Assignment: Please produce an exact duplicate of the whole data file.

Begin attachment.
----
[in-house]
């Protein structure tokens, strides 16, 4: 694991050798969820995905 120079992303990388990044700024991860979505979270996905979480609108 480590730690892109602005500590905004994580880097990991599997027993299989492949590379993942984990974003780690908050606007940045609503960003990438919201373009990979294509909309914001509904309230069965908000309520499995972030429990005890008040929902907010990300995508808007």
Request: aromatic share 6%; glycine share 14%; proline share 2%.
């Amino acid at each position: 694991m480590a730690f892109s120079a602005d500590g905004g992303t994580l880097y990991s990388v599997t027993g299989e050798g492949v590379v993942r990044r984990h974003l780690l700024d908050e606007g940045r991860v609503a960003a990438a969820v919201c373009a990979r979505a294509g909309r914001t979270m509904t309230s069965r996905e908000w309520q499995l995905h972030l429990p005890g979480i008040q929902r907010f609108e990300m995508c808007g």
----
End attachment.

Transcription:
[in-house]
């Protein structure tokens, strides 16, 4: 694991050798969820995905 120079992303990388990044700024991860979505979270996905979480609108 480590730690892109602005500590905004994580880097990991599997027993299989492949590379993942984990974003780690908050606007940045609503960003990438919201373009990979294509909309914001509904309230069965908000309520499995972030429990005890008040929902907010990300995508808007």
Request: aromatic share 6%; glycine share 14%; proline share 2%.
């Amino acid at each position: 694991m480590a730690f892109s120079a602005d500590g905004g992303t994580l880097y990991s990388v599997t027993g299989e050798g492949v590379v993942r990044r984990h974003l780690l700024d908050e606007g940045r991860v609503a960003a990438a969820v919201c373009a990979r979505a294509g909309r914001t979270m509904t309230s069965r996905e908000w309520q499995l995905h972030l429990p005890g979480i008040q929902r907010f609108e990300m995508c808007g």